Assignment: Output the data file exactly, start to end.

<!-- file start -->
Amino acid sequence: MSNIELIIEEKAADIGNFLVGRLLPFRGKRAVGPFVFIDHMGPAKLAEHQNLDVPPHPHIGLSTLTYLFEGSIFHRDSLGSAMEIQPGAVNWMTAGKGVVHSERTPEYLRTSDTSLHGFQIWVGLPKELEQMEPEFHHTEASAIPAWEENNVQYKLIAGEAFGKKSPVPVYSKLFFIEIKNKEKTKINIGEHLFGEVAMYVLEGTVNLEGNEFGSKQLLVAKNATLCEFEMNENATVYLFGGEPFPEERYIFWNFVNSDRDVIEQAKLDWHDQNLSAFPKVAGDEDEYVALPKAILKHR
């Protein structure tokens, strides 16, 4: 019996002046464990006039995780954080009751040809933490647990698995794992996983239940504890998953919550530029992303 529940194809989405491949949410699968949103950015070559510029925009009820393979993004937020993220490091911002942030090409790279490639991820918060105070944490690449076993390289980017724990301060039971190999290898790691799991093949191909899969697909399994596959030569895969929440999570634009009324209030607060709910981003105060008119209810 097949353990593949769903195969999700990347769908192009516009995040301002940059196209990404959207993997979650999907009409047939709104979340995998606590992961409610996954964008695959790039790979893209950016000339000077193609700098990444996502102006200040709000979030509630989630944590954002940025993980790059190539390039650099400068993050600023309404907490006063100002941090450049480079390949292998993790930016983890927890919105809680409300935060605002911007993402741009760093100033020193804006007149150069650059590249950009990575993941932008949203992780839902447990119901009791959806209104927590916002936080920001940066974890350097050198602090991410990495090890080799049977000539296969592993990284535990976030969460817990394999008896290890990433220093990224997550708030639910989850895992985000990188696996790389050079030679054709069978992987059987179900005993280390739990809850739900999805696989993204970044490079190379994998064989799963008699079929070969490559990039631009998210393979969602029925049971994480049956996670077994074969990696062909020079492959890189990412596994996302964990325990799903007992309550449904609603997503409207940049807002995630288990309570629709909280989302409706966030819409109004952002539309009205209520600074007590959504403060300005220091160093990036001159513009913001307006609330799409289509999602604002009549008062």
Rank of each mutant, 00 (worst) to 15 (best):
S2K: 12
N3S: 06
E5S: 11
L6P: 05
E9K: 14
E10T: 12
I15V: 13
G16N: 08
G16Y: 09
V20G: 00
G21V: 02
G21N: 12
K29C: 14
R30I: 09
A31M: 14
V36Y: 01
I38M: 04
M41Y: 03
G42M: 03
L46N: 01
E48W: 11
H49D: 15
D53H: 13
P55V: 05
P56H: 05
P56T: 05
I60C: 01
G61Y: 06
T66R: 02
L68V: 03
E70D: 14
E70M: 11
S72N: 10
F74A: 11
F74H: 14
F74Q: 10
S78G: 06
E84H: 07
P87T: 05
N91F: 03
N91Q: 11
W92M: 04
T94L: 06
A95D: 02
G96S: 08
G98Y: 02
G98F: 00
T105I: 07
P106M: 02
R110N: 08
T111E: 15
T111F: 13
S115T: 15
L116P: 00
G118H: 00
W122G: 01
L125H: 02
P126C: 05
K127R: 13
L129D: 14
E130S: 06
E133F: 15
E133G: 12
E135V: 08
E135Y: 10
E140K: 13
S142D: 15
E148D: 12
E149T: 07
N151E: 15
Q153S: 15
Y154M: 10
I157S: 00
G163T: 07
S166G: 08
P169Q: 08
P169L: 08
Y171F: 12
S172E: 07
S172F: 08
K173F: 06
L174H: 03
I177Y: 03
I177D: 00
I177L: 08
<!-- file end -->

Amino acid sequence: MSNIELIIEEKAADIGNFLVGRLLPFRGKRAVGPFVFIDHMGPAKLAEHQNLDVPPHPHIGLSTLTYLFEGSIFHRDSLGSAMEIQPGAVNWMTAGKGVVHSERTPEYLRTSDTSLHGFQIWVGLPKELEQMEPEFHHTEASAIPAWEENNVQYKLIAGEAFGKKSPVPVYSKLFFIEIKNKEKTKINIGEHLFGEVAMYVLEGTVNLEGNEFGSKQLLVAKNATLCEFEMNENATVYLFGGEPFPEERYIFWNFVNSDRDVIEQAKLDWHDQNLSAFPKVAGDEDEYVALPKAILKHR
């Protein structure tokens, strides 16, 4: 019996002046464990006039995780954080009751040809933490647990698995794992996983239940504890998953919550530029992303 529940194809989405491949949410699968949103950015070559510029925009009820393979993004937020993220490091911002942030090409790279490639991820918060105070944490690449076993390289980017724990301060039971190999290898790691799991093949191909899969697909399994596959030569895969929440999570634009009324209030607060709910981003105060008119209810 097949353990593949769903195969999700990347769908192009516009995040301002940059196209990404959207993997979650999907009409047939709104979340995998606590992961409610996954964008695959790039790979893209950016000339000077193609700098990444996502102006200040709000979030509630989630944590954002940025993980790059190539390039650099400068993050600023309404907490006063100002941090450049480079390949292998993790930016983890927890919105809680409300935060605002911007993402741009760093100033020193804006007149150069650059590249950009990575993941932008949203992780839902447990119901009791959806209104927590916002936080920001940066974890350097050198602090991410990495090890080799049977000539296969592993990284535990976030969460817990394999008896290890990433220093990224997550708030639910989850895992985000990188696996790389050079030679054709069978992987059987179900005993280390739990809850739900999805696989993204970044490079190379994998064989799963008699079929070969490559990039631009998210393979969602029925049971994480049956996670077994074969990696062909020079492959890189990412596994996302964990325990799903007992309550449904609603997503409207940049807002995630288990309570629709909280989302409706966030819409109004952002539309009205209520600074007590959504403060300005220091160093990036001159513009913001307006609330799409289509999602604002009549008062």
Rank of each mutant, 00 (worst) to 15 (best):
S2K: 12
N3S: 06
E5S: 11
L6P: 05
E9K: 14
E10T: 12
I15V: 13
G16N: 08
G16Y: 09
V20G: 00
G21V: 02
G21N: 12
K29C: 14
R30I: 09
A31M: 14
V36Y: 01
I38M: 04
M41Y: 03
G42M: 03
L46N: 01
E48W: 11
H49D: 15
D53H: 13
P55V: 05
P56H: 05
P56T: 05
I60C: 01
G61Y: 06
T66R: 02
L68V: 03
E70D: 14
E70M: 11
S72N: 10
F74A: 11
F74H: 14
F74Q: 10
S78G: 06
E84H: 07
P87T: 05
N91F: 03
N91Q: 11
W92M: 04
T94L: 06
A95D: 02
G96S: 08
G98Y: 02
G98F: 00
T105I: 07
P106M: 02
R110N: 08
T111E: 15
T111F: 13
S115T: 15
L116P: 00
G118H: 00
W122G: 01
L125H: 02
P126C: 05
K127R: 13
L129D: 14
E130S: 06
E133F: 15
E133G: 12
E135V: 08
E135Y: 10
E140K: 13
S142D: 15
E148D: 12
E149T: 07
N151E: 15
Q153S: 15
Y154M: 10
I157S: 00
G163T: 07
S166G: 08
P169Q: 08
P169L: 08
Y171F: 12
S172E: 07
S172F: 08
K173F: 06
L174H: 03
I177Y: 03
I177D: 00
I177L: 08